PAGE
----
4. Maria Victoria Raquiza, Social Watch and Justice Associates, Philippines

Growth is a necessary, but not a sufficient condition for employment generation and improving human development. Widening gaps between high-skilled and low-skilled labour, exclusion, and vulnerability of employment need to be addressed, as they directly impact on human development, human security and rights. How can the goals of inclusion, equity and employment security be achieved by global and domestic policy responses? What is needed to ensure that employment policies address gender equality as a key determinant of growth? 


Session 3b: Employment, equity and human development (continued)

Chair: Mariama Williams, South Centre


  1. Demirew Getachew, Ethiopian Economics Association
  2. Philip O’Keefe, World Bank
  3. Jessica Espey, Save the Children


Session 4: Leveraging the natural resource sector for employment creation

Chair: Degol Hailu, UNDP


  1. Khaschuluun Chuluundorj, National Development and Innovation Committee, Mongolia
  2. Ahmed Moustafa, UNDP

Growing demand for commodities has propelled the growth rates of resource-rich countries but has had limited impact on employment growth. How will the resource-rich countries tap into increased flows of revenues to use them for developing employment-intensive and productive sectors?


Session 5: Environmental sustainability and employment

Chair: David Hallam, Department for International Development (DfID)


  1. Paula Caballero, Ministry of External Relations, Colombia
  2. Ruth Batani, Benguet State University, Philippines
  3. PB Anand, University of Bradford

Going forward, economies face major tasks in ensuring environmental sustainability. A ‘green economy’ is essentially a move to new production processes and consumption patterns. These in turn require new set of technologies and human skills. How will countries manage the transition to ‘de-carbonized’ economies? Can social protection and safety nets lessen the impact of these adjustments?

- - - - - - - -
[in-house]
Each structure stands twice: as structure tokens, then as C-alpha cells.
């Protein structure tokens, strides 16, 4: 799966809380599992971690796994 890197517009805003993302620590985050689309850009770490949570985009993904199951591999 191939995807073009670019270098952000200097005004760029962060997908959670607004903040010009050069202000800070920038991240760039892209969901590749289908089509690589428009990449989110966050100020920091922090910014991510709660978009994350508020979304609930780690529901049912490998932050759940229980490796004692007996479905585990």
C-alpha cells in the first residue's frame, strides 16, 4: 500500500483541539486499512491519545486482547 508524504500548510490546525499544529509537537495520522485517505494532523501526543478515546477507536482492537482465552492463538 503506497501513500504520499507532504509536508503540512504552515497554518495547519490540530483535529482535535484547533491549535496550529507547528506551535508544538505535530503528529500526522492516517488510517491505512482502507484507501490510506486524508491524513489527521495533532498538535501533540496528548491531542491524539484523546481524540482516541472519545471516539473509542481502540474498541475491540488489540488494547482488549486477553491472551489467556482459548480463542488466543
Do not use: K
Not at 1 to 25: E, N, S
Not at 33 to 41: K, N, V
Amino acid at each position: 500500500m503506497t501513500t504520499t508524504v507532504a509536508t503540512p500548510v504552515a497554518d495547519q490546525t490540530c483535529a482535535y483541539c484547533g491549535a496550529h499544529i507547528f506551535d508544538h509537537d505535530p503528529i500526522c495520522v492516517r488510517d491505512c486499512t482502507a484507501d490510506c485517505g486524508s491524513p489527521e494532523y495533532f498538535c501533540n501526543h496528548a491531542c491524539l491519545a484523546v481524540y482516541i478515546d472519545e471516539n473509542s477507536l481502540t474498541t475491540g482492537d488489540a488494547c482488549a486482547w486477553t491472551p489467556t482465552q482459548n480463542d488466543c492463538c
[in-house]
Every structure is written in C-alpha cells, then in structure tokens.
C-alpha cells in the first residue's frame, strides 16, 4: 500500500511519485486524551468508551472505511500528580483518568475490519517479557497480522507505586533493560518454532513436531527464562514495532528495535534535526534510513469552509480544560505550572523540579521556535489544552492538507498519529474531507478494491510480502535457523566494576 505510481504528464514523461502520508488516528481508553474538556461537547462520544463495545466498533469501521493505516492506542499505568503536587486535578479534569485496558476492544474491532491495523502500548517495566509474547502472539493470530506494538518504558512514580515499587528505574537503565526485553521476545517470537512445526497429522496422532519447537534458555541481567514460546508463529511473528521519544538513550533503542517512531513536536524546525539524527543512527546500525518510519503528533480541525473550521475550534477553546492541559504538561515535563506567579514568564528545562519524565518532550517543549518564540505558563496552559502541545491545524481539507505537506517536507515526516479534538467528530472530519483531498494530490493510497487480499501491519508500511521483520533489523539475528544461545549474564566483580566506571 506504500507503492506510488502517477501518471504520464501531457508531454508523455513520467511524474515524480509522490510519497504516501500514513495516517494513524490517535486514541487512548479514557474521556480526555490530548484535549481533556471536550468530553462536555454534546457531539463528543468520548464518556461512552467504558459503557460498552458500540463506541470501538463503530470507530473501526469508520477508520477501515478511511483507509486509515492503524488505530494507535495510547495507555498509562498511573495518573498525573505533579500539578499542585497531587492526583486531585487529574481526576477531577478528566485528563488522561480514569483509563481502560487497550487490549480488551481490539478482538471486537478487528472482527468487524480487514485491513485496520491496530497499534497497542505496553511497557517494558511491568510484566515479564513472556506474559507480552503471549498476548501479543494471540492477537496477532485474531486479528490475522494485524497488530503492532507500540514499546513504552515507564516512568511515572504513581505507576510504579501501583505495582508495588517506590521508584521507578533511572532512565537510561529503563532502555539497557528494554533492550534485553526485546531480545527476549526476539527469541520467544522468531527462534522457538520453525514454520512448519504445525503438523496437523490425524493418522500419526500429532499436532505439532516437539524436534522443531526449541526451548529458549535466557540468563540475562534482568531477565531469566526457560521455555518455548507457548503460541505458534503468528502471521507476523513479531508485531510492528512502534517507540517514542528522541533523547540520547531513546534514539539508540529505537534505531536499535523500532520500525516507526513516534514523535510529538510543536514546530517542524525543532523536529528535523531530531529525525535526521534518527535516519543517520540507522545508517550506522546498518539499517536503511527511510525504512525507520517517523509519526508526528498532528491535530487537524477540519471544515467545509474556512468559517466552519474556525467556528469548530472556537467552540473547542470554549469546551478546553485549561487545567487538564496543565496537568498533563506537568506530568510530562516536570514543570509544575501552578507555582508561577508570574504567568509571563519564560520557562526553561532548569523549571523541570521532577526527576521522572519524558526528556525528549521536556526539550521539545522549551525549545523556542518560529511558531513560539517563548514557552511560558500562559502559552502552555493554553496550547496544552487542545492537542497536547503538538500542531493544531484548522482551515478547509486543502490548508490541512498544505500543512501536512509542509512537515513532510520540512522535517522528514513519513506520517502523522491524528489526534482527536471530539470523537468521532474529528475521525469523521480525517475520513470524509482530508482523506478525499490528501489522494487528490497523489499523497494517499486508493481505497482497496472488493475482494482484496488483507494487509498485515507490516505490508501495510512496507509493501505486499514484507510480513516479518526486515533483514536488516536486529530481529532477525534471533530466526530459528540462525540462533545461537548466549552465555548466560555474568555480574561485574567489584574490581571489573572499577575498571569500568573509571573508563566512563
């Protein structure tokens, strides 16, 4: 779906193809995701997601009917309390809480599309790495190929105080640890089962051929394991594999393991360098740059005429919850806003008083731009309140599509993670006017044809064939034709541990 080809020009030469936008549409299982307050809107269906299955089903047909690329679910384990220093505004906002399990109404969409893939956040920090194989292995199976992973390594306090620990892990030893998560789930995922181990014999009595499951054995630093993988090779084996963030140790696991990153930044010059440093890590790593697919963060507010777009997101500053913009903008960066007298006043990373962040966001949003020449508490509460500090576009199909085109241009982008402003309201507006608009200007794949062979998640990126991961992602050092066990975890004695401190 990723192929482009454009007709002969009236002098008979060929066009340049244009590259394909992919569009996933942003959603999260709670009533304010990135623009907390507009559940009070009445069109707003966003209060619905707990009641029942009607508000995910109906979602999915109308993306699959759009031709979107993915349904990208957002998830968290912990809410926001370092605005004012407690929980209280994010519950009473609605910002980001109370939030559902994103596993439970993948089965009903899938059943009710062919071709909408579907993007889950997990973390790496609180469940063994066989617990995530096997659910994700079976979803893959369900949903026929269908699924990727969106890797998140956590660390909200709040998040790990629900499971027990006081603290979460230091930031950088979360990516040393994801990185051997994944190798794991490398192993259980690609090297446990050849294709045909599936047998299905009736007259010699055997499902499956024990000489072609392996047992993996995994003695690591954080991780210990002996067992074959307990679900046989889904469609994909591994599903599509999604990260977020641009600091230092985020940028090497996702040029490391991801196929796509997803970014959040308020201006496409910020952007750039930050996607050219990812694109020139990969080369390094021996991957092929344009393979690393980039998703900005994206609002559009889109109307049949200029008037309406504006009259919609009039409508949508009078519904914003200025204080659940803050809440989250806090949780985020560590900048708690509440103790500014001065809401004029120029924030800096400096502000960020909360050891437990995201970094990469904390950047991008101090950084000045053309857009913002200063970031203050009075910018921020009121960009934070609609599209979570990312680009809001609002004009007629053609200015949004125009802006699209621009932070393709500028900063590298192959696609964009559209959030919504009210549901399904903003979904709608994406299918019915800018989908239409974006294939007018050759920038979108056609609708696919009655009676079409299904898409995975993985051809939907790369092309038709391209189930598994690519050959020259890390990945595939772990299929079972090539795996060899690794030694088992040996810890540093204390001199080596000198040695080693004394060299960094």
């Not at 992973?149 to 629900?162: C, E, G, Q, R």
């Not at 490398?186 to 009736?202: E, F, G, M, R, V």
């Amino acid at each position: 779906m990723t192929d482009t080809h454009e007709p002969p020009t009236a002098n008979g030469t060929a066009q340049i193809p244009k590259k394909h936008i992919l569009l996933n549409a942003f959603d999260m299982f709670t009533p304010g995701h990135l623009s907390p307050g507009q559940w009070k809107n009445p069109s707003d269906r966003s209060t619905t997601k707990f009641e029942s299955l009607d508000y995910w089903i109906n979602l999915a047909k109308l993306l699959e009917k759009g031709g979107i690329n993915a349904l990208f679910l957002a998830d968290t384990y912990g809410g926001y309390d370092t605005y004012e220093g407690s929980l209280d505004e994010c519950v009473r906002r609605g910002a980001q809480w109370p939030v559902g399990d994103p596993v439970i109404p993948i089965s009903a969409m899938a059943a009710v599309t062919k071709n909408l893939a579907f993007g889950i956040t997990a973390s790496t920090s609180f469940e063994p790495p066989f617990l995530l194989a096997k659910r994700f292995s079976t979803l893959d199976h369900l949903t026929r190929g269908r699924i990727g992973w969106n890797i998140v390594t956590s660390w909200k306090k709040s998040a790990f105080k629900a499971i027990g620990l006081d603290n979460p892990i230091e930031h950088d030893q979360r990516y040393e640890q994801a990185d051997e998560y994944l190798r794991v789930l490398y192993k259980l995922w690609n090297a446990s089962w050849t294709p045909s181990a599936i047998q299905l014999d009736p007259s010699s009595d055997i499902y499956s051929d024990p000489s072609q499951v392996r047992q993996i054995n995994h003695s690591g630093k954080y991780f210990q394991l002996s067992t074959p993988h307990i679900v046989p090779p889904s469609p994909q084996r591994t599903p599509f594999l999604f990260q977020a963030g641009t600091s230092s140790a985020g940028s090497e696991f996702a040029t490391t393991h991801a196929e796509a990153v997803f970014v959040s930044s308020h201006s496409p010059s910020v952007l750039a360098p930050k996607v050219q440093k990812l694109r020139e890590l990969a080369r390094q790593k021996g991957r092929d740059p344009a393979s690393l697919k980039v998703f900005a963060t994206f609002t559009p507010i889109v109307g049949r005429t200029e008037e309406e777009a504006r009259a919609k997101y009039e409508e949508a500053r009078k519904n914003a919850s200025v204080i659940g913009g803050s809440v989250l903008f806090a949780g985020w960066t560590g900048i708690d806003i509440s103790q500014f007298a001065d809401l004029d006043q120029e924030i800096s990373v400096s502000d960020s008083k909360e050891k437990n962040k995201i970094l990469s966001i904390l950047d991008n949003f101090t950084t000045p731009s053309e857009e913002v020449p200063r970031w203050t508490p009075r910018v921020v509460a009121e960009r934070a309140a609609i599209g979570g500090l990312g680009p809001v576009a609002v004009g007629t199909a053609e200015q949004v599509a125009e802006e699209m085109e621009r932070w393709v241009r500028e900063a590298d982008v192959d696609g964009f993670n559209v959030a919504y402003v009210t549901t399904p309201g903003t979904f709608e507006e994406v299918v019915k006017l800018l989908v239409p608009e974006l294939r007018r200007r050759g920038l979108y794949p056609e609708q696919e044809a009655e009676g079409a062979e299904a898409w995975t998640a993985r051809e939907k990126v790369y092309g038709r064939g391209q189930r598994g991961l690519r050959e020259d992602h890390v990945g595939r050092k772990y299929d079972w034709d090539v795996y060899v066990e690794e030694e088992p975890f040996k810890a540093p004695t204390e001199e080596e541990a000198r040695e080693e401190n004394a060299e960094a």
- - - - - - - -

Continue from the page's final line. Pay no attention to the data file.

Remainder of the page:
Session 6: Country perspectives from Asia

(*Representatives from Asia participate via videoconferencing)

Chair: Diana Alarcon, UN Department for Economic and Social Affairs

Recap: Paul Ladd, UNDP

* Participating countries :

  1. Bangladesh
  2. China
  3. India
  4. Indonesia


Session 7: Implications for the post-2015 development agenda

Chair: Paul Ladd, UNDP


  1. Jose Dallo, UNDP
  2. Pronab Sen, Planning Commission, India
  3. Ahmed Swapan Mahmud, Voices for Interactive Choices and Empowerment, Bangladesh

What are the implications for the post-2015 development framework? What are the accountability mechanisms and data implications? What is the role of state and non-state actors? Which issues need to be carried over into subsequent thematic and country discussions on the post-2015 development agenda?


Wrap-up and closing remarks

Magdy Martinez-Soliman, Deputy Assistant Administrator and Deputy Director, Bureau for Development Policy, UNDP

Keiko Kamioka, Director, ILO Office in Japan